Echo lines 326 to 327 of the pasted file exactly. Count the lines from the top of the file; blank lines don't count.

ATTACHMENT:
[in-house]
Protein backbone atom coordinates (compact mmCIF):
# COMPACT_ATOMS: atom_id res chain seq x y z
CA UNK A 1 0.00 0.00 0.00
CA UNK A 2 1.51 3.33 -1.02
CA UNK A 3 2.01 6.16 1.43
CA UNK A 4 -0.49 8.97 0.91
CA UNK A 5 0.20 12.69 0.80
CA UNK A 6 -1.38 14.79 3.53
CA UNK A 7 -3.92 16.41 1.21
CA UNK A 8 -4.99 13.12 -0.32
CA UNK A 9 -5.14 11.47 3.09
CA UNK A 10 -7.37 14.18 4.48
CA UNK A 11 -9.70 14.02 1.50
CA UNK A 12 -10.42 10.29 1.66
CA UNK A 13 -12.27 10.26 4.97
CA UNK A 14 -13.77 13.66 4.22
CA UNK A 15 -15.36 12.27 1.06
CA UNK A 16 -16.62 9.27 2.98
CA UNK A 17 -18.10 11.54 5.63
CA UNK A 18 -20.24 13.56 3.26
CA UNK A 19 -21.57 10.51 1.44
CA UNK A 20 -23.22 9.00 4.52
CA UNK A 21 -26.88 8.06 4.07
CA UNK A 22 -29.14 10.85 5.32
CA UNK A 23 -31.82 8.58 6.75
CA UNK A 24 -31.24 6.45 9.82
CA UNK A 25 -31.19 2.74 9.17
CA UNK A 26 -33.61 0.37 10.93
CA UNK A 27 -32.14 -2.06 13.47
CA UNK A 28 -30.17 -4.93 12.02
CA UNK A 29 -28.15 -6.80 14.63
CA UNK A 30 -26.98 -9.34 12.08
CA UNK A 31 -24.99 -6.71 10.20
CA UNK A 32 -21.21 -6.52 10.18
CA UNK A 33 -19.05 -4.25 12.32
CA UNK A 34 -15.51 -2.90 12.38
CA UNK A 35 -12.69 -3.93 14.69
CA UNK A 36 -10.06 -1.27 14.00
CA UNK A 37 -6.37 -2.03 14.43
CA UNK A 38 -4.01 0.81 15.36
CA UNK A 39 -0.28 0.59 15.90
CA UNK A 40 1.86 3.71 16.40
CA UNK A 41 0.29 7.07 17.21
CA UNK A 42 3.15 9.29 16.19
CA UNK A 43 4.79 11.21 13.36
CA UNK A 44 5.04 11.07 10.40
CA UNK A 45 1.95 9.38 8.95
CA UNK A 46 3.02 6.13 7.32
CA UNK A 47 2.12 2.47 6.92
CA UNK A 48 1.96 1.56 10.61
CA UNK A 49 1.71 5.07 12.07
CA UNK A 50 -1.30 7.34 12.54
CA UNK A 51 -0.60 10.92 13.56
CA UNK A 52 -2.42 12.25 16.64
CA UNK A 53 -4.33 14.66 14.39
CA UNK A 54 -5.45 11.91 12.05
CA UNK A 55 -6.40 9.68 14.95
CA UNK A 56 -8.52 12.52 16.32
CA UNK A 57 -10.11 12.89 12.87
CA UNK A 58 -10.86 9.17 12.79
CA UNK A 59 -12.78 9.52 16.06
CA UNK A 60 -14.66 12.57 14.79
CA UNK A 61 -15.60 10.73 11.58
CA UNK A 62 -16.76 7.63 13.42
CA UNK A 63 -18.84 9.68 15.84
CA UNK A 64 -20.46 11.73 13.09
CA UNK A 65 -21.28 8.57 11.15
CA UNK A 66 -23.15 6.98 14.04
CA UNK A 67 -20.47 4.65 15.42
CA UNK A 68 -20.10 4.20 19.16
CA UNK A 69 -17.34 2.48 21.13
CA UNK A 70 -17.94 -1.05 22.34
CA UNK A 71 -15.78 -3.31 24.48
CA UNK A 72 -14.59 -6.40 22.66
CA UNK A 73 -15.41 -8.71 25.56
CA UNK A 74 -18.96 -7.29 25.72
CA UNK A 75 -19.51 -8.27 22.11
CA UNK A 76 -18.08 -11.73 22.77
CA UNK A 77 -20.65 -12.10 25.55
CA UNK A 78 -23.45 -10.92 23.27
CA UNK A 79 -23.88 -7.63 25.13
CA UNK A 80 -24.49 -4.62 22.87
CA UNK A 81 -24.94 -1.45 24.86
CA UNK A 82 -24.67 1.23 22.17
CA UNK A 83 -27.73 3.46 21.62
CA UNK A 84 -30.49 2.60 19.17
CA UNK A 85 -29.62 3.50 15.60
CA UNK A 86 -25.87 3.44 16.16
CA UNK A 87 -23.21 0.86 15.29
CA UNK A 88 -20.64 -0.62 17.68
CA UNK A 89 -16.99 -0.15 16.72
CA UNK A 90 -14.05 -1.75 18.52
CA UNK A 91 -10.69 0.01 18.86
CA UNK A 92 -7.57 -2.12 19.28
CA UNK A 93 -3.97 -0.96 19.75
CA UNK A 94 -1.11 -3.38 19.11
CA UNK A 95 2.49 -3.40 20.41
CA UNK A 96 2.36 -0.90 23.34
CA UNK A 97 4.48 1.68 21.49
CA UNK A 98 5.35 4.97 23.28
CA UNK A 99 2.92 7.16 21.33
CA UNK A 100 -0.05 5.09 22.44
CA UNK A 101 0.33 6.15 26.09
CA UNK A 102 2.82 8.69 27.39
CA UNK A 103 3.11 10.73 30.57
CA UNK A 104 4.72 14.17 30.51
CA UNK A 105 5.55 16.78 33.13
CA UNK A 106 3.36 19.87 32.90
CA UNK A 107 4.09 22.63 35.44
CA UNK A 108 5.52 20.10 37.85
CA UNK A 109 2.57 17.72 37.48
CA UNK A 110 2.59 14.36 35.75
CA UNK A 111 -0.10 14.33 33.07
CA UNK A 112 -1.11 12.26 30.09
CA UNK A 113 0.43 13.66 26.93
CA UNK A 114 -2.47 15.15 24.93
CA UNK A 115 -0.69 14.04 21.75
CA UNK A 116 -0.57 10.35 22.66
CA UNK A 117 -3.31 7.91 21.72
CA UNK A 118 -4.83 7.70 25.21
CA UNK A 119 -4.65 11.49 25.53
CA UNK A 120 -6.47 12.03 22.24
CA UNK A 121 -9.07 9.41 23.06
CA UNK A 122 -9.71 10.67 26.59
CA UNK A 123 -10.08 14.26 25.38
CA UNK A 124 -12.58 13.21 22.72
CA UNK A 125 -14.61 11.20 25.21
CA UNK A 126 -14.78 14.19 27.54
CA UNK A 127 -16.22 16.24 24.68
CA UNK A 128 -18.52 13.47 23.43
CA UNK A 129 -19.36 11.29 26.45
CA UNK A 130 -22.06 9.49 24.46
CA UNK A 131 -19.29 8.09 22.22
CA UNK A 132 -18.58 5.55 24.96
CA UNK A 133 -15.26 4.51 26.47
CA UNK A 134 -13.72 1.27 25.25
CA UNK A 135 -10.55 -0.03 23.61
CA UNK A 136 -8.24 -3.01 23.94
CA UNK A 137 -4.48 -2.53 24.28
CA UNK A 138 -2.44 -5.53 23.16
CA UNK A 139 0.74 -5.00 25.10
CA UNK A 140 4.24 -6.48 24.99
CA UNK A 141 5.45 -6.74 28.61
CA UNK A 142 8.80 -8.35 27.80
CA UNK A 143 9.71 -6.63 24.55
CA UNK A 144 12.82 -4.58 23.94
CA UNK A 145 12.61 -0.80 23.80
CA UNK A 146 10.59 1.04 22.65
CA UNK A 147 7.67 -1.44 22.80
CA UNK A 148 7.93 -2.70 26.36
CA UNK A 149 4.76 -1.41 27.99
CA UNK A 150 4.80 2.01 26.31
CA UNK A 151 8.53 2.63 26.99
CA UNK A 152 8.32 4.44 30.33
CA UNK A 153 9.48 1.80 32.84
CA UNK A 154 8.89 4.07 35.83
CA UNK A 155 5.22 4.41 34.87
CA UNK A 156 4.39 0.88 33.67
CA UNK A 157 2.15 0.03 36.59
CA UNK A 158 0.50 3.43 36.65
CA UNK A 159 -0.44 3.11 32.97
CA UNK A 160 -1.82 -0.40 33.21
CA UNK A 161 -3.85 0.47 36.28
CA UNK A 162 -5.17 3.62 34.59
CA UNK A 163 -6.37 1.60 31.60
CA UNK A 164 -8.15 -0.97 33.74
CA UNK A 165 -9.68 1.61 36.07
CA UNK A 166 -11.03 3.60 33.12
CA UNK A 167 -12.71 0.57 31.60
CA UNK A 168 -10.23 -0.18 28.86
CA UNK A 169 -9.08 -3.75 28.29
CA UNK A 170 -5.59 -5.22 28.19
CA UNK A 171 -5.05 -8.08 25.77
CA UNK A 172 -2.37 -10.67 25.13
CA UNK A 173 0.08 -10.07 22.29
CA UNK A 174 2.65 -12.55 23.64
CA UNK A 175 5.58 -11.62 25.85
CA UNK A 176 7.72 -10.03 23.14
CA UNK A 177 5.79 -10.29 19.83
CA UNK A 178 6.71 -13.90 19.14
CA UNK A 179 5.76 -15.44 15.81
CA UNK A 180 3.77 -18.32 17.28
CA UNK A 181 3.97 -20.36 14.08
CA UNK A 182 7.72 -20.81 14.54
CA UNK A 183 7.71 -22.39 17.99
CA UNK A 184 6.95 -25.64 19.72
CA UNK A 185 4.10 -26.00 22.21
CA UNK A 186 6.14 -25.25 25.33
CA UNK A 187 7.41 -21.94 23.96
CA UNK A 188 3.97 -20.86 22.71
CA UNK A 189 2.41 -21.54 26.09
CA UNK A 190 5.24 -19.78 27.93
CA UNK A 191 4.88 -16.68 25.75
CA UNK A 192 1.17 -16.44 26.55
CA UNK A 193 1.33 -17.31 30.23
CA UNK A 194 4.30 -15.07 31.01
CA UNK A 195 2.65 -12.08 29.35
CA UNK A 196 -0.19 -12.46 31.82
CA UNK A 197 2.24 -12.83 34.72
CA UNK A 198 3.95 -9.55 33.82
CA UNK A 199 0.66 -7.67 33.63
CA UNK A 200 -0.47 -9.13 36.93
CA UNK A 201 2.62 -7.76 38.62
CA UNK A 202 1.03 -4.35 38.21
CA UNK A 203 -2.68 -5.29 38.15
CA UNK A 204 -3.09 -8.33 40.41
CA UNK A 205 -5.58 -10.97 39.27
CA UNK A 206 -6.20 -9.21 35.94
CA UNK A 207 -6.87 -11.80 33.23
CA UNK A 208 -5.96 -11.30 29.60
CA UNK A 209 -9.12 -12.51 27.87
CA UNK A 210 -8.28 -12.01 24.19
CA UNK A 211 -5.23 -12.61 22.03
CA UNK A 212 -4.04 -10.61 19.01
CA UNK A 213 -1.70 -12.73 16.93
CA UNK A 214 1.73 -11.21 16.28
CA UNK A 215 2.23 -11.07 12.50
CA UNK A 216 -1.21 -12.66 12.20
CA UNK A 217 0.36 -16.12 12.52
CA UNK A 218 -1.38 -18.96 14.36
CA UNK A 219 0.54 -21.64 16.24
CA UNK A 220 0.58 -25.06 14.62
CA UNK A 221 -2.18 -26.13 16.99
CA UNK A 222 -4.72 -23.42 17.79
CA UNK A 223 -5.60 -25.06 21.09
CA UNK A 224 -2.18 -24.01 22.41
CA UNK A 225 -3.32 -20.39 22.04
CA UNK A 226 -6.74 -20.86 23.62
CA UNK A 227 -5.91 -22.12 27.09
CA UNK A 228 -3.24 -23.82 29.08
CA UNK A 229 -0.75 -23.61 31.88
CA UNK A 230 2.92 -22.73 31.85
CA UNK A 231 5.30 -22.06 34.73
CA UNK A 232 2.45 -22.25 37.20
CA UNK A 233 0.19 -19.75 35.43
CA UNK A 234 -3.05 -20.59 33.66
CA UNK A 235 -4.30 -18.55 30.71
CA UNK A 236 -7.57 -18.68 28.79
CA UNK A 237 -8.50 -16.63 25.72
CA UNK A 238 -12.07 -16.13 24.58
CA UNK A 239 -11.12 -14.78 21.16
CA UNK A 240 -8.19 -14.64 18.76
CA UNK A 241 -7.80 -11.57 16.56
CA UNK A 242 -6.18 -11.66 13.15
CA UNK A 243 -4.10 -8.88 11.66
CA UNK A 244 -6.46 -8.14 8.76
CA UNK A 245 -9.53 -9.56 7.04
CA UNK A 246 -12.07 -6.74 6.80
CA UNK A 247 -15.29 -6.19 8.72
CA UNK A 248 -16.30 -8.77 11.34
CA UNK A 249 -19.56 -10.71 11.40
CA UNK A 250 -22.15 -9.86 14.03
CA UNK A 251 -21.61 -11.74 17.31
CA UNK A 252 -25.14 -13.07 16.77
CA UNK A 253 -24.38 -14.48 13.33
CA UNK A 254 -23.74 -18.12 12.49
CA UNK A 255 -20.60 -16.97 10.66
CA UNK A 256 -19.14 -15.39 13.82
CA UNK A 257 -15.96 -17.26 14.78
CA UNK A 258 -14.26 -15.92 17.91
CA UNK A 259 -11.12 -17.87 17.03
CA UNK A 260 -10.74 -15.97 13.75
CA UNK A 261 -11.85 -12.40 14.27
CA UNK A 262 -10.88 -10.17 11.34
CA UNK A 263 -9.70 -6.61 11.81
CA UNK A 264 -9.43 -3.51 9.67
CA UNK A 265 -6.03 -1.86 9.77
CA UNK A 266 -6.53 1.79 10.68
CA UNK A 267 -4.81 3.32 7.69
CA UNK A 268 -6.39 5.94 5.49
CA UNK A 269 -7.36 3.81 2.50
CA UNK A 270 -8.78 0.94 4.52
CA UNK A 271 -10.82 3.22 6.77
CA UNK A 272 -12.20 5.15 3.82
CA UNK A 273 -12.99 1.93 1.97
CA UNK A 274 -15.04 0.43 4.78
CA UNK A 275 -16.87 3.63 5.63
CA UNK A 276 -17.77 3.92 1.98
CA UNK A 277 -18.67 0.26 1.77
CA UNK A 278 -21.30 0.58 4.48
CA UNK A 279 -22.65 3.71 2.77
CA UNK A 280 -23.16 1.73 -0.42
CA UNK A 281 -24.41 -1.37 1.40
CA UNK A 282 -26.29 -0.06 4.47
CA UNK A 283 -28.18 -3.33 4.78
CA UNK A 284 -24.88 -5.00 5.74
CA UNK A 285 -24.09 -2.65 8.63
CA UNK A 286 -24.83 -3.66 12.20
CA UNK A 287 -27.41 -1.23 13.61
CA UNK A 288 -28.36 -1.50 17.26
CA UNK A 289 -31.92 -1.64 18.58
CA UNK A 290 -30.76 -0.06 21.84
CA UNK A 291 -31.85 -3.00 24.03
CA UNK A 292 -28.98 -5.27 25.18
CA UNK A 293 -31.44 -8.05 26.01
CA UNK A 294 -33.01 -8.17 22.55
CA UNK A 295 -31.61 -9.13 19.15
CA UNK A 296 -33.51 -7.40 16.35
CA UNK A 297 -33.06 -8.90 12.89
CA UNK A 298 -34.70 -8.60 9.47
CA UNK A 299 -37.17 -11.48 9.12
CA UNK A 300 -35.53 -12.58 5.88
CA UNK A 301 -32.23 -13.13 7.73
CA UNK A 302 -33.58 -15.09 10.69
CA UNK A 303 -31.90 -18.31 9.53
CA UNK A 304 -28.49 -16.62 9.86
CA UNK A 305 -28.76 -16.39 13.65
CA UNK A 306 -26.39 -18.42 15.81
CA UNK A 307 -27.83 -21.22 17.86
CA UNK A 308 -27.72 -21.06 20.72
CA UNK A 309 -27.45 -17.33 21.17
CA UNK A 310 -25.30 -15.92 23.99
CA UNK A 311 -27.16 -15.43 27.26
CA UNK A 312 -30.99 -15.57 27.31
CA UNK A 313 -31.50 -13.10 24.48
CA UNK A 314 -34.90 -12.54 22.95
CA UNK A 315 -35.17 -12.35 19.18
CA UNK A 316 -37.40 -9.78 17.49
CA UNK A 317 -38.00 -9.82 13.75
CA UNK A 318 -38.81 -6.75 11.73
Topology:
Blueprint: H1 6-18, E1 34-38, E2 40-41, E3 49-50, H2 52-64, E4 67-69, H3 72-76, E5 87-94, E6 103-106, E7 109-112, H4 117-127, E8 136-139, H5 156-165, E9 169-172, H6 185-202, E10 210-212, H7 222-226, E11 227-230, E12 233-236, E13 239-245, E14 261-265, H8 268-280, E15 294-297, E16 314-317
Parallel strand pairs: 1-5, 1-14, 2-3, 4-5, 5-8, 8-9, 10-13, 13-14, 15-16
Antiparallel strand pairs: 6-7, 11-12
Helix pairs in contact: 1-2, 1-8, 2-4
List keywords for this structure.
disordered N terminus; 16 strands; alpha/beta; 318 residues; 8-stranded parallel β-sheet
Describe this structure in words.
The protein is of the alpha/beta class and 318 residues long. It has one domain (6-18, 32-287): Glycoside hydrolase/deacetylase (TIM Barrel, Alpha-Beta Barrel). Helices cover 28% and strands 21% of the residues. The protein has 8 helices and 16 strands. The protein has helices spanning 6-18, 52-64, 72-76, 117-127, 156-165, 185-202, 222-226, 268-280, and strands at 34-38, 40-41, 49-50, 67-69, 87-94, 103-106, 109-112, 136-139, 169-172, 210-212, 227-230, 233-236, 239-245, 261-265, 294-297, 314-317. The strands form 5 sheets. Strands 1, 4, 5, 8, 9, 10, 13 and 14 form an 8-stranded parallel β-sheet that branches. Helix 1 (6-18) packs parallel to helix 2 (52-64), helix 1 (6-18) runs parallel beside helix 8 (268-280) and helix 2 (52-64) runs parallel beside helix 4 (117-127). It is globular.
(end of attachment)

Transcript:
Helix pairs in contact: 1-2, 1-8, 2-4
List keywords for this structure.